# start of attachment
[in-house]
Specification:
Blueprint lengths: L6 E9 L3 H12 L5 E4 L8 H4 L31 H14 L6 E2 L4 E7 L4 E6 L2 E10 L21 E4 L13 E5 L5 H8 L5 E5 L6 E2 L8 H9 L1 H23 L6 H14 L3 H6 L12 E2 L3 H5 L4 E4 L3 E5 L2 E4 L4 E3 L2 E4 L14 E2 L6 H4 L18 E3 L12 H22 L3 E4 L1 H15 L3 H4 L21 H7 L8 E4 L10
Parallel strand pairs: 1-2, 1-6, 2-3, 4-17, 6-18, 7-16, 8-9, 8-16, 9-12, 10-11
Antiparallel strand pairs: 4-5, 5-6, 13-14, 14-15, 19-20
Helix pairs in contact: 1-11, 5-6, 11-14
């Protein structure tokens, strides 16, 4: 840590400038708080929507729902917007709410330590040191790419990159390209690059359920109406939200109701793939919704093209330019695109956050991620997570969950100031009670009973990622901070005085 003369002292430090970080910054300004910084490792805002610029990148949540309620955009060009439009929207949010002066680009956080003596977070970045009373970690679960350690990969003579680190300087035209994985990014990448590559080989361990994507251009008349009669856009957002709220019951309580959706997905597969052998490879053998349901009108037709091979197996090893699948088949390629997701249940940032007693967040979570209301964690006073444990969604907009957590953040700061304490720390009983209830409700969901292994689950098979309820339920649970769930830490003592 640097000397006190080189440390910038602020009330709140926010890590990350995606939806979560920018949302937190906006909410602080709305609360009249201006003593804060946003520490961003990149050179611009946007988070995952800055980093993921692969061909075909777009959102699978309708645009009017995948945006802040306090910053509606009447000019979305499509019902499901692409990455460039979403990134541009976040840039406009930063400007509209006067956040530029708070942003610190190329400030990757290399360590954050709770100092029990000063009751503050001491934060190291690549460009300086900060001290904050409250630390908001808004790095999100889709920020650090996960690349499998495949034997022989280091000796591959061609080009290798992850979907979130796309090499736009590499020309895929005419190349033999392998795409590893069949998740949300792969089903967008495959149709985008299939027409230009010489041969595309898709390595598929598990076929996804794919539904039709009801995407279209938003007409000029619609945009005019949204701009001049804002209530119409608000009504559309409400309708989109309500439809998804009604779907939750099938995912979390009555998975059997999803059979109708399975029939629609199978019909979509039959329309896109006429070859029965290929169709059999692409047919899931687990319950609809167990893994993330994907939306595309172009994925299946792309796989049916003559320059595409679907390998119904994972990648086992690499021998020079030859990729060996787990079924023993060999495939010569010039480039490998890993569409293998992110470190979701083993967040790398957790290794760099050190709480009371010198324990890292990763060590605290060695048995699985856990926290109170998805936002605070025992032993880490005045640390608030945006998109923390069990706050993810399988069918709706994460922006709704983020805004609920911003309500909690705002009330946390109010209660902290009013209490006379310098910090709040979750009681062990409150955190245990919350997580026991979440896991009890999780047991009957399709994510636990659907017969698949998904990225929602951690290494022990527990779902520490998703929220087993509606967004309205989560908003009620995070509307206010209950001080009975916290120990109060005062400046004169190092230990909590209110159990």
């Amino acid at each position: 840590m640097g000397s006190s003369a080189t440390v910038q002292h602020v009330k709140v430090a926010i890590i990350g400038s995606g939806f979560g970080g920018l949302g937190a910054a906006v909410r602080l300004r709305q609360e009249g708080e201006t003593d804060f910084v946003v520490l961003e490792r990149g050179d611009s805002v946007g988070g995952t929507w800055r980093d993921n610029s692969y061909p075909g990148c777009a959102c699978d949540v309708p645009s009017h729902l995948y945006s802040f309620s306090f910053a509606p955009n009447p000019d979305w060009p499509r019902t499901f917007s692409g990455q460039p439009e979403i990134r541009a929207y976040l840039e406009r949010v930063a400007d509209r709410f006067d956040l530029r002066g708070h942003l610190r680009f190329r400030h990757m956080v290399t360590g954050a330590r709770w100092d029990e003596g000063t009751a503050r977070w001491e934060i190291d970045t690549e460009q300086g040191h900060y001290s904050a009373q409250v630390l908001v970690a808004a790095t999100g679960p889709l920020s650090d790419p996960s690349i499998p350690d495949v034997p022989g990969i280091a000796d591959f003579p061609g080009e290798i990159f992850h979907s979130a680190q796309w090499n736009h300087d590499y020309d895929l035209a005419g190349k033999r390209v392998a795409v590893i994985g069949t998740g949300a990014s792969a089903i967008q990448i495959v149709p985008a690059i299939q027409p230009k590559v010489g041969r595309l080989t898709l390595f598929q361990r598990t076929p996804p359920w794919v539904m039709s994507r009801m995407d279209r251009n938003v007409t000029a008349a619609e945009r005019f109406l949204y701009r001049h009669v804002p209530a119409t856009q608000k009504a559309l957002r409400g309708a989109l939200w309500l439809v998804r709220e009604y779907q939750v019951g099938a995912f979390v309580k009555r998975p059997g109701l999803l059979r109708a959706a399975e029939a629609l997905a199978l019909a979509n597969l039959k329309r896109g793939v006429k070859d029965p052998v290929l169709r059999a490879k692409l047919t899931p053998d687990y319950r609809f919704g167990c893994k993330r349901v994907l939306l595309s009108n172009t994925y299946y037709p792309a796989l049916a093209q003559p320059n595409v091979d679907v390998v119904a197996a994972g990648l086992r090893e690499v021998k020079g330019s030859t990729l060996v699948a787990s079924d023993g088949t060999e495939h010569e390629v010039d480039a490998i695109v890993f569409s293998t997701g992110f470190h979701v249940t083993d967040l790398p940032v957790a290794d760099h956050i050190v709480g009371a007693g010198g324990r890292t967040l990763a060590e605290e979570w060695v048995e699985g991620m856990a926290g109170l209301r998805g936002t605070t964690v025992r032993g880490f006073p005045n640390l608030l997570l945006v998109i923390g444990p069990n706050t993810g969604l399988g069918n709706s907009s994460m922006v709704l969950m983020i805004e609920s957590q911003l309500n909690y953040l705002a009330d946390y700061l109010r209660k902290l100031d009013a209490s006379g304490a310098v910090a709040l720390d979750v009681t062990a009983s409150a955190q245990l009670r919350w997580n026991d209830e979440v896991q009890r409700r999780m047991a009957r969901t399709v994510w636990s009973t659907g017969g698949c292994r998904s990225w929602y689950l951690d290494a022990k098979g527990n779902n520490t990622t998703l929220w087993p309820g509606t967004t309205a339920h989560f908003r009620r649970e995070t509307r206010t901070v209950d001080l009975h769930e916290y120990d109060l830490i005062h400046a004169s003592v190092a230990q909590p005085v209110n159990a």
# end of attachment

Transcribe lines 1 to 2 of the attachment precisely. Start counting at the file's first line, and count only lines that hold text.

[in-house]
Specification: